"We see more and more of these customers," said Wong. "I don't understand how they get their money. They come from a different society where this kind of thinking is normal."
Casino jobs pay 30 percent to 40 percent more than those at other companies, said Choi. That's adding to the strain on small businesses, which struggle to survive because they can't compete with the higher wages.
University graduates, meanwhile, can't find jobs that pay as much as the starting salaries offered by casinos, said Larry So, a political commentator, who worries about the impact all the newfound wealth is having on the city's young.
"The young people nowadays, one of their favorite jobs is to go into a casino, or the government," said So, lamenting the changes that the casino industry has wrought on Macau.
"In the past casino workers were secluded, a small part of the population. In Chinese culture we did not look up to these kind of people." Now they've become such a big and wealthy group, they are the ones that set the values, So said.
The number of people working in gambling and related industries has doubled over the past seven years to nearly 90,000, or about a quarter of the workforce. About 23,000 are dealers.
So said that because of casino workers' influence on society, Macau people are more materialistic and care more for fast cash than careers. It's also caused a rise in problem gambling, "because the dealers they think they know how to gamble, and they start to gamble and of course they lose," So said.
Macau's casino boom has also had other side effects. It has reshaped the landscape of the 28-square-kilometer (11-square-mile) city. Flashy, oversized resorts built in the Cotai district, including Sands Corp.'s Venetian Macao, the world's biggest casino, have added a brash and jarring contrast to the city's European-style architecture. Created by filling in the sea between Coloane and Taipa islands, Cotai will be the site of the next wave of expansion by Sands and Macau's five other licensed casino operators.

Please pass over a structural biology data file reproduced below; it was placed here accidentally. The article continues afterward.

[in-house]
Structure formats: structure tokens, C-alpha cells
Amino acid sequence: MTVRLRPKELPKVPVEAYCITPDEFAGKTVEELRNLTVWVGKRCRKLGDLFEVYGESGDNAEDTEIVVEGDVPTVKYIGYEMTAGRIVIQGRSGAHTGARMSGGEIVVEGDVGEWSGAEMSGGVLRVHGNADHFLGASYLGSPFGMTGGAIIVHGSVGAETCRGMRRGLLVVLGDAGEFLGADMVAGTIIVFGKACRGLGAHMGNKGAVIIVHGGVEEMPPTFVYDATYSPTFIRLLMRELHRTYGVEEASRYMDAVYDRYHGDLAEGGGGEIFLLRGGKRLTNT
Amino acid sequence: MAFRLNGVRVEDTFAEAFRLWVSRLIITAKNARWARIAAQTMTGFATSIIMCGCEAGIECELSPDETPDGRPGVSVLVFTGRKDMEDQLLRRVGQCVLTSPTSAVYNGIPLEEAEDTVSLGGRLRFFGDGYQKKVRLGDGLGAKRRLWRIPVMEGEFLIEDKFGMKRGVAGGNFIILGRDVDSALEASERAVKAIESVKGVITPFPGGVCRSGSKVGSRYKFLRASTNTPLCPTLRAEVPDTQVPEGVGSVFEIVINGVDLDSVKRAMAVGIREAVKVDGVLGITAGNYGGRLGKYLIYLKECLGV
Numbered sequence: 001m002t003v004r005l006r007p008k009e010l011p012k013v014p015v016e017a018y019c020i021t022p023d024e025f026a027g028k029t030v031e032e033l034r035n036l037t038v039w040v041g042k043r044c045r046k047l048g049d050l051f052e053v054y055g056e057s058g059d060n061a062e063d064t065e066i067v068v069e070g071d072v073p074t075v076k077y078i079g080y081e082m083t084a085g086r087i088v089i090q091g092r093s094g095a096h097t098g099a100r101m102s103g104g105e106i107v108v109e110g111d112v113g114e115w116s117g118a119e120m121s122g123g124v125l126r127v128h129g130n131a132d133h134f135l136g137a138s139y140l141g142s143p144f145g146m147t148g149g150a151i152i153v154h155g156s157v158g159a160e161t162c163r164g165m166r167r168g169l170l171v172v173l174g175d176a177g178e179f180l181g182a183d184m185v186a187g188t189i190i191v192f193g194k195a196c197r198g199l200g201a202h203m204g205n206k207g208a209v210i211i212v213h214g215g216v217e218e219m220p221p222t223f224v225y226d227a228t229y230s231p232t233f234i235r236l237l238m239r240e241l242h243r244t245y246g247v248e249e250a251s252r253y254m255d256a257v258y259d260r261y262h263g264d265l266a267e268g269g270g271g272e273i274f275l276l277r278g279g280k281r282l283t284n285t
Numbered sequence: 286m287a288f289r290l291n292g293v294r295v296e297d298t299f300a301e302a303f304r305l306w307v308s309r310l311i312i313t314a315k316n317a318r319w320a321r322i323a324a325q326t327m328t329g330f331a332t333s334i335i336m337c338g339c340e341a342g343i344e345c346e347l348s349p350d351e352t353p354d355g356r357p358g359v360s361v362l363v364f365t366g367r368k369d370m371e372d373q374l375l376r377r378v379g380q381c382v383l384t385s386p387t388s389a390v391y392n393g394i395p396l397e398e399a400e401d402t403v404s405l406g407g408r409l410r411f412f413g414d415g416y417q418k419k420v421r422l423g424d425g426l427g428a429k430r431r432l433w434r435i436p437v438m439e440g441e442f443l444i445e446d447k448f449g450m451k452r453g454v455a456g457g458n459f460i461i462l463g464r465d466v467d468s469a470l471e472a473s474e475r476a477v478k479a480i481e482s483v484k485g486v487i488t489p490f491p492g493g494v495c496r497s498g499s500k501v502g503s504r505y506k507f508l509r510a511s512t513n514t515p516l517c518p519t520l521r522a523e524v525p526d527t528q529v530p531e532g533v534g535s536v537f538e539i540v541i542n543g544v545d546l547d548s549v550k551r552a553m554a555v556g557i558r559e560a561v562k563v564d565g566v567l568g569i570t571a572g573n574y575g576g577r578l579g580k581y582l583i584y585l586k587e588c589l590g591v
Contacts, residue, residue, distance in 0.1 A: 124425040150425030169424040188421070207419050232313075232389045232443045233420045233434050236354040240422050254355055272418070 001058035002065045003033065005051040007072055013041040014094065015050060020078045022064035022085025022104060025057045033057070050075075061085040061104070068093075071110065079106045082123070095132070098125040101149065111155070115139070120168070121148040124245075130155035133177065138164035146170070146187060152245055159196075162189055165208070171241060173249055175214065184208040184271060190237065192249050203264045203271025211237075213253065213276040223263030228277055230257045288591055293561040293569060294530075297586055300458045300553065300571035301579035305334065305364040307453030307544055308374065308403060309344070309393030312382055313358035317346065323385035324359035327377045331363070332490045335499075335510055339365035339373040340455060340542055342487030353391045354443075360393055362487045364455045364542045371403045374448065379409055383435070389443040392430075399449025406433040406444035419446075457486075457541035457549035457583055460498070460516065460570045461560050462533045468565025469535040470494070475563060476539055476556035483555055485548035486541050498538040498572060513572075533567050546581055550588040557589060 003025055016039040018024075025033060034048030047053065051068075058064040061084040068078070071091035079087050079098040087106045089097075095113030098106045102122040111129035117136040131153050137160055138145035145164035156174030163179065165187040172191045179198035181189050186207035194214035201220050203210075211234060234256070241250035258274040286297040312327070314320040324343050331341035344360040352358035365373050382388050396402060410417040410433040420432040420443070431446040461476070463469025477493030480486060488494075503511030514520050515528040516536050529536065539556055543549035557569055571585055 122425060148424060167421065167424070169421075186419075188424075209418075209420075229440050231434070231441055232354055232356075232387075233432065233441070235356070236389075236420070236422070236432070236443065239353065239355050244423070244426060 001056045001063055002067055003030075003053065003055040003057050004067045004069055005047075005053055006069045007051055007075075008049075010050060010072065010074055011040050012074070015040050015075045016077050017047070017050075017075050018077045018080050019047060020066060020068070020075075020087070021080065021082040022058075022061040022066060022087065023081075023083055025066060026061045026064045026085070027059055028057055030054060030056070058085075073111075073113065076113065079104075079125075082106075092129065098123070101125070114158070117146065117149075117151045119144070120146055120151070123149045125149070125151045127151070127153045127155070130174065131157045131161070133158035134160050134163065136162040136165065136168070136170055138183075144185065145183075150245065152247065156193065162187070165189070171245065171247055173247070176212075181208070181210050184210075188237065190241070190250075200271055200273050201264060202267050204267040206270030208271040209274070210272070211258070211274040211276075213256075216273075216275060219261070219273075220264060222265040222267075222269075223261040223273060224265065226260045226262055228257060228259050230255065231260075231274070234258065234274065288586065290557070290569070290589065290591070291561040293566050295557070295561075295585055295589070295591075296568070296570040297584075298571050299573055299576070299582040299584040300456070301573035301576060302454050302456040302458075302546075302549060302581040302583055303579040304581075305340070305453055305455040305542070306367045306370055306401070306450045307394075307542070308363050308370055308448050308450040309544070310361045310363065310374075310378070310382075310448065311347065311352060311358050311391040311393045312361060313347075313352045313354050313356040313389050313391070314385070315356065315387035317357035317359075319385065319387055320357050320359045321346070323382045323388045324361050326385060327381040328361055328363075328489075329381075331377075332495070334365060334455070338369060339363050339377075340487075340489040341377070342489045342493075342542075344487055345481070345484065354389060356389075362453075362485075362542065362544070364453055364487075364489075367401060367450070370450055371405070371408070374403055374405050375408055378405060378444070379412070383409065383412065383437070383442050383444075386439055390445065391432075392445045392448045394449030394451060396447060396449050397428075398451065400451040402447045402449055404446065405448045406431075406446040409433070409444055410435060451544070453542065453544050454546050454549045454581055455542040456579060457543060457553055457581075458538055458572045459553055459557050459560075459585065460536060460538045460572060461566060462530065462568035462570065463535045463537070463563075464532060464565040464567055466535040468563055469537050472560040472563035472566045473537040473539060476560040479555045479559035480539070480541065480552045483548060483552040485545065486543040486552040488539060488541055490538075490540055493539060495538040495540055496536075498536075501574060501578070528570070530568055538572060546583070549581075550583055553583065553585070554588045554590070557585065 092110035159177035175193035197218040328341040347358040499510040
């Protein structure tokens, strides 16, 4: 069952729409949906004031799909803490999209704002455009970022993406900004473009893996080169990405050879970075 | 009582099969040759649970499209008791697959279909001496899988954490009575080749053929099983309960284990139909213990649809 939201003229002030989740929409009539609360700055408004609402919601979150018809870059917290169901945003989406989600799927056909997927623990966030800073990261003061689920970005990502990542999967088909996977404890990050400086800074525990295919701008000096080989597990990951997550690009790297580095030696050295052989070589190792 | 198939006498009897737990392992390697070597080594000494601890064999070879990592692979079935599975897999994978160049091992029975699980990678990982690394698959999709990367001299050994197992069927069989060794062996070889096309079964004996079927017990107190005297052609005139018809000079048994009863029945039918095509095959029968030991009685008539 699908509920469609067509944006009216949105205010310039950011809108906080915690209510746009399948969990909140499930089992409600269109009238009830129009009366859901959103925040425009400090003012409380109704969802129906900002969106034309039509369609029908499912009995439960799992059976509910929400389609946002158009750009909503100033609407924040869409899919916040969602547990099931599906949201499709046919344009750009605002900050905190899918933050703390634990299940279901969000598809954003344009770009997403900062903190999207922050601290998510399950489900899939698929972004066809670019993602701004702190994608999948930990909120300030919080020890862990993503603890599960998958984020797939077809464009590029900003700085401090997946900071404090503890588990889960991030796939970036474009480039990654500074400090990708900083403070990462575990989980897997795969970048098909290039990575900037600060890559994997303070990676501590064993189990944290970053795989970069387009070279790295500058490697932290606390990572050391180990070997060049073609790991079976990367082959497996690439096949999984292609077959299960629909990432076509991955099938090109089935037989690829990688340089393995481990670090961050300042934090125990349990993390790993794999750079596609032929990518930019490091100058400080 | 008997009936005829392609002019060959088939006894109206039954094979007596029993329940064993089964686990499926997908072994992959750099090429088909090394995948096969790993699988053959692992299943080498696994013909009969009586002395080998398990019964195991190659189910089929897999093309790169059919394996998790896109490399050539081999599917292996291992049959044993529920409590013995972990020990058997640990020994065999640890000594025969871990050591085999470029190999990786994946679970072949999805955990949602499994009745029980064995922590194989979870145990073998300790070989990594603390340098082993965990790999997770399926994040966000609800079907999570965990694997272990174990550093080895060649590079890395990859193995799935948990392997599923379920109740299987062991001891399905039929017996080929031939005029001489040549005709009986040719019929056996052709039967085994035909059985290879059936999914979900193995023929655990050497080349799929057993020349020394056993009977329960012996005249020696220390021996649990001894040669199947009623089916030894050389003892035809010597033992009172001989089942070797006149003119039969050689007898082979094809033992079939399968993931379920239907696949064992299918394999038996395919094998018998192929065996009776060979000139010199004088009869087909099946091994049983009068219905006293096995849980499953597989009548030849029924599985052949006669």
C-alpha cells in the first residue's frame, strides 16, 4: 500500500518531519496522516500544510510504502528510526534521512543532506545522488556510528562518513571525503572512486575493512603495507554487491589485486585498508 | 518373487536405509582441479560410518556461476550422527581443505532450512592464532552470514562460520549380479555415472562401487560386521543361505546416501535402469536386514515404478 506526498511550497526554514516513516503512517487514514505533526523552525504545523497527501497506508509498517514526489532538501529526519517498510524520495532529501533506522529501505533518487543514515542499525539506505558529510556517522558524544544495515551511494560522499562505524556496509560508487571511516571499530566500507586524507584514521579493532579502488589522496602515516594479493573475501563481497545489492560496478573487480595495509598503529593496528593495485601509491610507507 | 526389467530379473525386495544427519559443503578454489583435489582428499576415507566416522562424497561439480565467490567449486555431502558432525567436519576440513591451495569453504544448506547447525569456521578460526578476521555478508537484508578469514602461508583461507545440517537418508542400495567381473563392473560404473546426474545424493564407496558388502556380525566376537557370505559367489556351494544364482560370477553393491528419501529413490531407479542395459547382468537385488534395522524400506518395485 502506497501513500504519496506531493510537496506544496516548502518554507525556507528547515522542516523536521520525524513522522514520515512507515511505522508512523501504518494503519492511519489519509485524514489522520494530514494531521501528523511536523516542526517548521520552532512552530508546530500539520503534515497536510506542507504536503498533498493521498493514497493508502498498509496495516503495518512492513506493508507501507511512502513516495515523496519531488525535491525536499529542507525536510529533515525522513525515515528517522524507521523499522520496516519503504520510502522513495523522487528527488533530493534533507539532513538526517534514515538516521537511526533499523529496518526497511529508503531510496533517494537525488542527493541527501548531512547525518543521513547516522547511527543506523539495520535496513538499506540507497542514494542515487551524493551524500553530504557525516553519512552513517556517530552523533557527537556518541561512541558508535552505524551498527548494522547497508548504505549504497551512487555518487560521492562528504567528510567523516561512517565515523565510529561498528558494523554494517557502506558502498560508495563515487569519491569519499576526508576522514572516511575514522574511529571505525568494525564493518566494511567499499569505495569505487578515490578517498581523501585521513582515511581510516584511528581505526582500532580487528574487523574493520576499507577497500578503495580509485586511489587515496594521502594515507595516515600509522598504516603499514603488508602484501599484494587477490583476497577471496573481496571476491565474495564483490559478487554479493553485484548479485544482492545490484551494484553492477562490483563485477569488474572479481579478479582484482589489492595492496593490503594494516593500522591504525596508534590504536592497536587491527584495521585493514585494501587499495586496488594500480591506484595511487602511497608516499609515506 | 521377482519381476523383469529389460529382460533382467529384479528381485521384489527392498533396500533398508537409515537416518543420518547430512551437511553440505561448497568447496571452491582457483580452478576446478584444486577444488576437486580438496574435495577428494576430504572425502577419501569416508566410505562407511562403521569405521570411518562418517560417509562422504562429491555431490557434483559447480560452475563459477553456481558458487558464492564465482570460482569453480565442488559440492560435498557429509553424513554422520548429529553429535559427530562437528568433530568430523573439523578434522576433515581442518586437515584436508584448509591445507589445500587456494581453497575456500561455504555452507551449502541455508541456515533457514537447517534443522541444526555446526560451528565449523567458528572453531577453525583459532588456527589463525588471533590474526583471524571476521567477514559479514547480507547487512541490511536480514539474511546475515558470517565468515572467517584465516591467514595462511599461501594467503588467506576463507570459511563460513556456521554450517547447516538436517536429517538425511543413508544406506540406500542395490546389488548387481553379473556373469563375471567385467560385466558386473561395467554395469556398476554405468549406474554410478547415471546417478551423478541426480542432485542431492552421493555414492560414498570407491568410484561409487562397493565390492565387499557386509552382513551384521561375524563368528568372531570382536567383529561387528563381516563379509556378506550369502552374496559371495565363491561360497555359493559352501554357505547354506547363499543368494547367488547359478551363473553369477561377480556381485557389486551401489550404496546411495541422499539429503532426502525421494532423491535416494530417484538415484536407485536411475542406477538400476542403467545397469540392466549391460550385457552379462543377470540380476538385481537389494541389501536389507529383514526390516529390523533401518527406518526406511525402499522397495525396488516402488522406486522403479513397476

Public discontent is rising over a sharply widening wealth gap and surging property prices. The government, which earns more than 70 percent of its tax revenue from casinos, has tried to pacify the public by giving annual cash handouts to each resident. Chief Executive Fernando Chui, the city's leader, last week said the amount would rise to 8,000 patacas next year.
Chui also announced plans to provide more housing for residents and offer interest free loans to young entrepreneurs.
But some are skeptical such measures will make any difference.
"Macau is a complete illusion of prosperity because what we are building is only casinos, rooms and some shops with famous brands," said lawmaker Jose Coutinho.
Coutinho said he worried that Macau's university graduates would find it increasingly hard to find jobs not related to the gambling sector and that workers would be vulnerable in a downturn.
"If they are in middle age and they lose their jobs, it's very difficult for them to find another job in Macau," he said. "You need to be very careful on this in the future."
Follow Kelvin Chan at twitter.com/chanman